The Kerry golden era side which scooped four-in-a-row between 1978 and 1981 never amassed this kind of streak as their league form was always more patchy.
But the only other football team to claim the four-in-a-row, the Kerry side of 1929-32, went a full 34 games unbeaten during their pomp. They collected National League titles in 1928-29, 1930-31, and 1931-32. The League was not held in 1929-30. Boasting legendary names like Con Brosnan, Joe Barrett, and the Landers brothers, Tim and John Joe, they established themselves as one of the greatest teams of the pre-television era.
And so the Dubs have a glorious chance to equal one of Kerry's most cherished record's tonight. And after that, only a winless Roscommon will prevent them from setting a new record all of their own.
Dubs young guns are flying
Gaelic football in Leinster has become one big long, unending culchie trampling festival and the month of January heaped yet more indignity on Dublin's provincial rivals.
With the All-Ireland winning squad and their manager out in Jamaica, Paul Clarke led the third-stringers to victory in the O'Byrne Cup.
Most of that crew have been relieved of their duties for the National League as the A-listers arrived back in town. But a couple of pretenders from the O'Byrne Cup side have survived the cull and are thriving in the League.
Conor McHugh and Niall Scully, two stars of the 2014 U21 All-Ireland winning crop, featured in the demolition of Mayo. The former, in particular, shone against the All-Ireland finalists, hitting 1-3 from play.
Aside from Mayo's abject performance, McHugh's display was one of the biggest talking points of the evening.
It is often asserted by former Dublin players that we are merely living through a rare golden era and not anything more seismic than that. Once this generation of players begin to slow down and break up, the Dubs will begin to look fallible again.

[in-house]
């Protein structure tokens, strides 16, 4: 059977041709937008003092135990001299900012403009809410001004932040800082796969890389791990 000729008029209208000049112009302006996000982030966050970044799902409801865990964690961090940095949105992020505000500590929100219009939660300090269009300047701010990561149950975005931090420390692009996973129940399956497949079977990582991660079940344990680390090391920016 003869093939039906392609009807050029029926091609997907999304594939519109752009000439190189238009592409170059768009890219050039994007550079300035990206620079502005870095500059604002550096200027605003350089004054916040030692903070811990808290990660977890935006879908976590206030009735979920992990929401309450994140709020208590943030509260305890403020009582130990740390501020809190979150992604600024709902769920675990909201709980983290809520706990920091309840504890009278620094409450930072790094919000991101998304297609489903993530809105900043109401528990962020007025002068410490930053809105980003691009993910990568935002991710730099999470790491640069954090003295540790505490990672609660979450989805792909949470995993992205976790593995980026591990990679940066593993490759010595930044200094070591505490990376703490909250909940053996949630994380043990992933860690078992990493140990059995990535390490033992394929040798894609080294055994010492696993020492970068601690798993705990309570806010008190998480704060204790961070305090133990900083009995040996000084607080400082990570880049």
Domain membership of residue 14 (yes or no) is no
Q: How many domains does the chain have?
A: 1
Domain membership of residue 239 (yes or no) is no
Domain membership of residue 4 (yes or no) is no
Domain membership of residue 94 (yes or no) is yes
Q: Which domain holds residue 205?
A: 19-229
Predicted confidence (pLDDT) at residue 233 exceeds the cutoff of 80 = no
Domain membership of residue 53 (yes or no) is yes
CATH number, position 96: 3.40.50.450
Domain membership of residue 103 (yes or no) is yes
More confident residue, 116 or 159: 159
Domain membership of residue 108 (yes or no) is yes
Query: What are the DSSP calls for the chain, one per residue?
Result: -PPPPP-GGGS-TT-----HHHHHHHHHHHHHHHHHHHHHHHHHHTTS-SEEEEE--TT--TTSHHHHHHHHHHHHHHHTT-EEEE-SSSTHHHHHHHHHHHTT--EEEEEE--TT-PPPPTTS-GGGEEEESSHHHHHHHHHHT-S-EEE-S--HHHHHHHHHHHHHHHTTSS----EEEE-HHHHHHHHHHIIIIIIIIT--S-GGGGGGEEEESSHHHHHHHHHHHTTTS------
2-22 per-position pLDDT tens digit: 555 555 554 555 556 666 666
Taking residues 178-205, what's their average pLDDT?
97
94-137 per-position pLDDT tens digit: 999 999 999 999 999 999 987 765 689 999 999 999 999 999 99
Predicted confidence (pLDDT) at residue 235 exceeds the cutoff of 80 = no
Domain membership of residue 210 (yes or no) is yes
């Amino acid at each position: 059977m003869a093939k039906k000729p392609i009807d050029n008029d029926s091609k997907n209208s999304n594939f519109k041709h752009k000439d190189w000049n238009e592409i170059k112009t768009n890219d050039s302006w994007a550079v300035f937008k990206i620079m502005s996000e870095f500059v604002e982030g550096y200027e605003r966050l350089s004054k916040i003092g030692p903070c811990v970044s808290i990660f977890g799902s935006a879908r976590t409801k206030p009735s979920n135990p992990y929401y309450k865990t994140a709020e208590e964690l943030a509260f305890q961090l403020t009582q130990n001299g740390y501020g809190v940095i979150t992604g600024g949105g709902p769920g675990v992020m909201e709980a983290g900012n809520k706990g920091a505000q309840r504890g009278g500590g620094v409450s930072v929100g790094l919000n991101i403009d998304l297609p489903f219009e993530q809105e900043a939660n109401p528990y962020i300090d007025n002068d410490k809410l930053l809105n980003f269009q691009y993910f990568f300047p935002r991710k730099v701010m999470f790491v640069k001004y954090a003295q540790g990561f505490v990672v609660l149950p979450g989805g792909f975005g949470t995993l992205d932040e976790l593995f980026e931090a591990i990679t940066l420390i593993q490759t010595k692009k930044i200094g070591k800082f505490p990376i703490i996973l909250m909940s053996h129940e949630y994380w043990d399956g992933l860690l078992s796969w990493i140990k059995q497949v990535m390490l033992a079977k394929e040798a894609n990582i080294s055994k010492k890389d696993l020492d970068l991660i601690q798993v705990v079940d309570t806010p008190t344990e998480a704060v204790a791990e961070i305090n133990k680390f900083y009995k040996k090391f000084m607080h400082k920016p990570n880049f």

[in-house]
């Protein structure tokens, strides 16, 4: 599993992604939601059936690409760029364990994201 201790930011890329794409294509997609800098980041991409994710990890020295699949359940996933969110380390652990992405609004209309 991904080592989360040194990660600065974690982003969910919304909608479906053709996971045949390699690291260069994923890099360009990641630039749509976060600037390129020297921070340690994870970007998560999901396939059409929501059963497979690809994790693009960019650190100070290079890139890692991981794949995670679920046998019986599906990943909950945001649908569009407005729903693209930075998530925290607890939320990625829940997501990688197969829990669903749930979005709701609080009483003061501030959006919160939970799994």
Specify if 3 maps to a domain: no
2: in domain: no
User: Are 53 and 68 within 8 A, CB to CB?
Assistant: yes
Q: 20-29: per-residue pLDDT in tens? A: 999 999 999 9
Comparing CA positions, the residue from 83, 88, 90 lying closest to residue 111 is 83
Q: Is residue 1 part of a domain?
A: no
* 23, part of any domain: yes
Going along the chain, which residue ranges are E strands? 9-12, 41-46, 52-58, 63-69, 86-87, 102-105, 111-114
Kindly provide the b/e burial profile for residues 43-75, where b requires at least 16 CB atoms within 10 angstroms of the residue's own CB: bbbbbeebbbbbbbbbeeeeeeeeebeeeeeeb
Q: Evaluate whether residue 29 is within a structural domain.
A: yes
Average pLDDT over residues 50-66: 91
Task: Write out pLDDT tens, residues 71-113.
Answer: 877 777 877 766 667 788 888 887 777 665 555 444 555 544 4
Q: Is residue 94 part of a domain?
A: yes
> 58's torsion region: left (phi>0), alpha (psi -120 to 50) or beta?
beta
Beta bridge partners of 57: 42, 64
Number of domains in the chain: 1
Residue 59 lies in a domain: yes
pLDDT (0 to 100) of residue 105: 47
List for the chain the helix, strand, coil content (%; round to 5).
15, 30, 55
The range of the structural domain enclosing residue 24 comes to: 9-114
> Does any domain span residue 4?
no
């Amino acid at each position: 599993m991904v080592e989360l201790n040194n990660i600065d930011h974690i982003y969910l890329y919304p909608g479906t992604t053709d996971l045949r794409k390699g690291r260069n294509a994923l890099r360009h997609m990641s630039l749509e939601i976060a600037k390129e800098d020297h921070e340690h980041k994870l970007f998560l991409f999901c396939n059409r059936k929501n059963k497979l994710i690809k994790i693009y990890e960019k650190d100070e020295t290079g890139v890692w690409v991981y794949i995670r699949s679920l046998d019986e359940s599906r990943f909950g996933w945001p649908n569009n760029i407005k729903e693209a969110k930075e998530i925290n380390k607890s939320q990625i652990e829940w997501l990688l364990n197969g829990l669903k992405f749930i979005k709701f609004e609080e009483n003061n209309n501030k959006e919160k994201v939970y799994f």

But the evidence of the early months of 2017 would appear to confound this somewhat.
Has the gap increased?
Mayo's limp display a fortnight ago was greeted with dismay by neutrals eager to see the gap was narrowing.
It's often forgotten in all the chatter about Dublin's invincibility that their All-Ireland victories have tended to be squeakers.
Three of their four All-Ireland wins in this era have been by a solitary point, one of them arriving after a replay. Indeed, if you go back to 1995 when Pat O'Neill's side staggered over the finish line against Tyrone, then that's four of the last five Dublin All-Ireland victories which have been one-point games.
2015 was perhaps the only final when they were comprehensively superior to their opponents, and even that day Kerry were a goal away from forcing the replay.
But every now and again, and usually in the league, Dublin tear through one of their main rivals and spark off fears of a summer procession. Neutrals will hope that the Dublin-Mayo game was more to do with the losers' ineptness than Dublin's greatness.
If Kerry take a similar pasting, expect another round of despairing articles declaring the 2017 championship a foregone conclusion.